At this point we actually let everything just sit outside in the garage overnight. We add enough sulfites to kill the wild yeast, and let the sugar, sulfites, and juices commingle for our next specific gravity test the next day. We want to give the sulfites time to work their magic and sugar time to dissolve and disperse. Sugar is basically the food for the yeast, which determines the level of alcohol which results in giving the wine more body (and can make you drunk!). Adding sugar to wine must is called chaptalization – which is frowned upon by some pinky pointing winos, but necessary for many northern wine regions to produce wine with high enough alcohol. Up here in Michigan, we have a farmer that is pretty conservative with when he harvests his grapes and we have always had to chaptalize – even if it is just a little bit. This year we had to add much more than prior years due to the early harvest, which was probably a good thing since we had about a week and a half of rain in the two weeks after we picked up the grapes, so they probably would have swollen and split due to the rain.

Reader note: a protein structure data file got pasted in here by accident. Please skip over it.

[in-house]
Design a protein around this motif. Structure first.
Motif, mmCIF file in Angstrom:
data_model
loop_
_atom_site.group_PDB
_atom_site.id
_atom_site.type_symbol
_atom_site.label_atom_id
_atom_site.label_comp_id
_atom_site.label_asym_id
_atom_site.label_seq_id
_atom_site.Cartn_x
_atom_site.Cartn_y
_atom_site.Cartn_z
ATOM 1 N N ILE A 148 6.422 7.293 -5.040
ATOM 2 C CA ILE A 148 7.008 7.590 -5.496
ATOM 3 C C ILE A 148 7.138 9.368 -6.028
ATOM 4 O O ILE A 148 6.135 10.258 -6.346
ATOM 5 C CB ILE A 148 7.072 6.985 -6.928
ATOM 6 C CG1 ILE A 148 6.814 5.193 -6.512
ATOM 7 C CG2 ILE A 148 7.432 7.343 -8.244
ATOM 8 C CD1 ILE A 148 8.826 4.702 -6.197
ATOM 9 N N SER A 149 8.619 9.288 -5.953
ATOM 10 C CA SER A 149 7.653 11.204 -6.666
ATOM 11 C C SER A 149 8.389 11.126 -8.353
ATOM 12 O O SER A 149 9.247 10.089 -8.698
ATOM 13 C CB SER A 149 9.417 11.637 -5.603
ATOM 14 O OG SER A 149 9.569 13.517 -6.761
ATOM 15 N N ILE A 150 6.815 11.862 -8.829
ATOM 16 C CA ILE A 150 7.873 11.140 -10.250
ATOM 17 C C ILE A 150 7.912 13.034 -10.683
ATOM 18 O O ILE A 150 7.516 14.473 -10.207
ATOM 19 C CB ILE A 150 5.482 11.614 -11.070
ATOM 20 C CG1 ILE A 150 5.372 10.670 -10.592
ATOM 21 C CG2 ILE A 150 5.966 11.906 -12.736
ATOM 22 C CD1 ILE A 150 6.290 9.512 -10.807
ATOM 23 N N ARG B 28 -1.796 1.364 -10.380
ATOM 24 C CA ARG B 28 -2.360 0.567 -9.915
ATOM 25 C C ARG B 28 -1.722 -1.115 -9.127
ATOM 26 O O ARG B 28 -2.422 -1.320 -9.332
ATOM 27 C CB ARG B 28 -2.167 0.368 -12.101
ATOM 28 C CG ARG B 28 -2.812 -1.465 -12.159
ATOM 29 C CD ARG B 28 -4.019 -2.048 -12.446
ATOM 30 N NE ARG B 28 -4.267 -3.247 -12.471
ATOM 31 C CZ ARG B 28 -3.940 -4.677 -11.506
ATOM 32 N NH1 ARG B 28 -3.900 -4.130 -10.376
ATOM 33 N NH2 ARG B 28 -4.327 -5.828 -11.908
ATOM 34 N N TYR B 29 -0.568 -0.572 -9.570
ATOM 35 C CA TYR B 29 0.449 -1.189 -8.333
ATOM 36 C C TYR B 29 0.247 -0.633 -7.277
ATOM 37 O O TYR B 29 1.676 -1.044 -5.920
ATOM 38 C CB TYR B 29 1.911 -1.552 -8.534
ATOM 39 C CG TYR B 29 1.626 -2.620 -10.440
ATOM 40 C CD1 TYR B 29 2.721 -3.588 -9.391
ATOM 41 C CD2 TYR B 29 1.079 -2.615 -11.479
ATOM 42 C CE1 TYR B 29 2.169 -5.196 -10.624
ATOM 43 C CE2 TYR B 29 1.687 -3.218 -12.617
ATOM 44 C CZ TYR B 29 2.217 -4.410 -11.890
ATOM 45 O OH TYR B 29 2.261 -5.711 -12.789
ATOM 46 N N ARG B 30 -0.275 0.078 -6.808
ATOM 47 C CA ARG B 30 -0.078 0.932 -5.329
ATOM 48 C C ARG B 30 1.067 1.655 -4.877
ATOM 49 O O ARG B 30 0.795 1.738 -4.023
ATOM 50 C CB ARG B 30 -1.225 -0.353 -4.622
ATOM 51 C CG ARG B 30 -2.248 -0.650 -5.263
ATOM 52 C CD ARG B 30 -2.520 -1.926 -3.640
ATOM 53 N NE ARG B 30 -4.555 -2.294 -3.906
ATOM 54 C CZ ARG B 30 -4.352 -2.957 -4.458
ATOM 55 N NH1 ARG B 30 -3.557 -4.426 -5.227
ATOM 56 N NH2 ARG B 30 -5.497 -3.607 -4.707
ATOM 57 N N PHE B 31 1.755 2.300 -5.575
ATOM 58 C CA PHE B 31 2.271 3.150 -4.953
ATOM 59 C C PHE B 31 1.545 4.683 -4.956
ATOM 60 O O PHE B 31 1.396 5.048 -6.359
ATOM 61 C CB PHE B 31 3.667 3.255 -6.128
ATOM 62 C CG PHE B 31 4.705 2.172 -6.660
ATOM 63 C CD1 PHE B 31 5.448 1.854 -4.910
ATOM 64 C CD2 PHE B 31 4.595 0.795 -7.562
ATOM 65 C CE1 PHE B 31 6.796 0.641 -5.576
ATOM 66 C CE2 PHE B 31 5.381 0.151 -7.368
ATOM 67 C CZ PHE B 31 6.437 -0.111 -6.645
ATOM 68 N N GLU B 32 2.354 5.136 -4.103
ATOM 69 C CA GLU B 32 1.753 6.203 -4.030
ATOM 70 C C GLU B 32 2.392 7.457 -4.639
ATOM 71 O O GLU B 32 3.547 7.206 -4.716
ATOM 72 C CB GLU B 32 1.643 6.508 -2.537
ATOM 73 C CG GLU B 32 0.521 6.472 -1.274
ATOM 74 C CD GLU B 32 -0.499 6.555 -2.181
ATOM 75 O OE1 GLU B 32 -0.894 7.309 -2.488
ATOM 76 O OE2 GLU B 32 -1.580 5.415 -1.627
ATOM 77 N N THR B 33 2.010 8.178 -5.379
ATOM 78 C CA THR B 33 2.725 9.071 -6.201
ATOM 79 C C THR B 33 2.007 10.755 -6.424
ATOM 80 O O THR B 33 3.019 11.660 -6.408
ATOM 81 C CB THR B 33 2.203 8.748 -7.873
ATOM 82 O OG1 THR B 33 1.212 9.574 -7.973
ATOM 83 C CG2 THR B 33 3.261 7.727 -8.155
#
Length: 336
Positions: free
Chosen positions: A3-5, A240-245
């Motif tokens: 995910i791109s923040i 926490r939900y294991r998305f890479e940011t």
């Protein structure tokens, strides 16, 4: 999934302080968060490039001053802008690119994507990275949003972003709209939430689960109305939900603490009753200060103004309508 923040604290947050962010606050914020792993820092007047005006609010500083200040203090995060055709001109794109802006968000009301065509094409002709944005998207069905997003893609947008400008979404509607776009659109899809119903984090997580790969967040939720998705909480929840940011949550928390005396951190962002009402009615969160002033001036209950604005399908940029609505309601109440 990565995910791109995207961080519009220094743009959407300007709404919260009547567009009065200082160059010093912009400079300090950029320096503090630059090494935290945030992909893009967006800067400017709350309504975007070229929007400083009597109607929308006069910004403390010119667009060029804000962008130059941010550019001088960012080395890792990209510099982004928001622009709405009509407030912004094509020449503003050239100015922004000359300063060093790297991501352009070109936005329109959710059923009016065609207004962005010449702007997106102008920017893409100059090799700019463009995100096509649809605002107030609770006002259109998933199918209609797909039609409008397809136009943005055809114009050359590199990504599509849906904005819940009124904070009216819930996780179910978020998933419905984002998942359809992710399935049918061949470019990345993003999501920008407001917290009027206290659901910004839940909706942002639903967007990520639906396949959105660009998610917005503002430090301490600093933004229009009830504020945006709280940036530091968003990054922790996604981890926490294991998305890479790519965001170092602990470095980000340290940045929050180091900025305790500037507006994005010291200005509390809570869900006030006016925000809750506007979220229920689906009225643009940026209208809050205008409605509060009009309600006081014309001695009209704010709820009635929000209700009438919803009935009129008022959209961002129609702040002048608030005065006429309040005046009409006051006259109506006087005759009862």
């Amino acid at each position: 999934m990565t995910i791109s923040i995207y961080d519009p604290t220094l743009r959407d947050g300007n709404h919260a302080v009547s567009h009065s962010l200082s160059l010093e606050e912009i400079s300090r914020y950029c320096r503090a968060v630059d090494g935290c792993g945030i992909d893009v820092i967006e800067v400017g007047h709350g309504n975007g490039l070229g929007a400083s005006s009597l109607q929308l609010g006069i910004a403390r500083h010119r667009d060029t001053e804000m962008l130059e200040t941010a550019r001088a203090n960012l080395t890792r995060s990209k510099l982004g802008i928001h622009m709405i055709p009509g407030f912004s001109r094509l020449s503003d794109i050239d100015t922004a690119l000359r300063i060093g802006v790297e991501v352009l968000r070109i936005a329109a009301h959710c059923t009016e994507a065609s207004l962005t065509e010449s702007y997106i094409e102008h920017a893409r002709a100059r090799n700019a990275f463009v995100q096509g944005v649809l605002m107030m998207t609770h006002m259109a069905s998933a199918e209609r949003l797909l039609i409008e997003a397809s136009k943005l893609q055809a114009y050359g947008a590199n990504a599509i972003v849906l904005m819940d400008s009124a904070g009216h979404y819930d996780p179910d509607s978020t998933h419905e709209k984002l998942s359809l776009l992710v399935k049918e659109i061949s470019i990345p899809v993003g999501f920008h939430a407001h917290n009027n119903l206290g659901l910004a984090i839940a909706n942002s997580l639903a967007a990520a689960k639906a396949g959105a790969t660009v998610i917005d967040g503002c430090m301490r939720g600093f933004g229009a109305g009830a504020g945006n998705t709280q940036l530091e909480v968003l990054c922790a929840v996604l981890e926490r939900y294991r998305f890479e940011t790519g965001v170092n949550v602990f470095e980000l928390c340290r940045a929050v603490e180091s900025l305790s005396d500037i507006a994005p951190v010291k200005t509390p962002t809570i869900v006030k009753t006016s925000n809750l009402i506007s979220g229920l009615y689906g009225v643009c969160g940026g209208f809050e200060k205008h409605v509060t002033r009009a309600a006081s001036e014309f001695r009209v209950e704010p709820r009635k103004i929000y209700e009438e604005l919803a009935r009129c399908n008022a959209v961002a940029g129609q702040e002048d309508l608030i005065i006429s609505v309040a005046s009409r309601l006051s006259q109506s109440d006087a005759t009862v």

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Chaptalization of the Noiret must

After 24 hours, we brought the totes inside to let them warm up to room temperature. Once ready, we pitched the yeast – we used the Lavlin Bourgovin RC 212 as we have had really good luck with in for red wines in the past.

Part One Resources:

 

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Winemaking

With our love of wine came curiosity about wine and about the wine making process. We began with wine kits which come with the grape juice and everything you will need along with step by step instructions. We would recommend the Wine Expert brand if going with a wine making kit. After a few rounds of this we found a local farmer on Craigslist that sells about 20 different varietals. This weekend we picked up grapes for the fourth year. This year we got 90 lbs each of Cabernet Franc, Noiret and Zweigelt.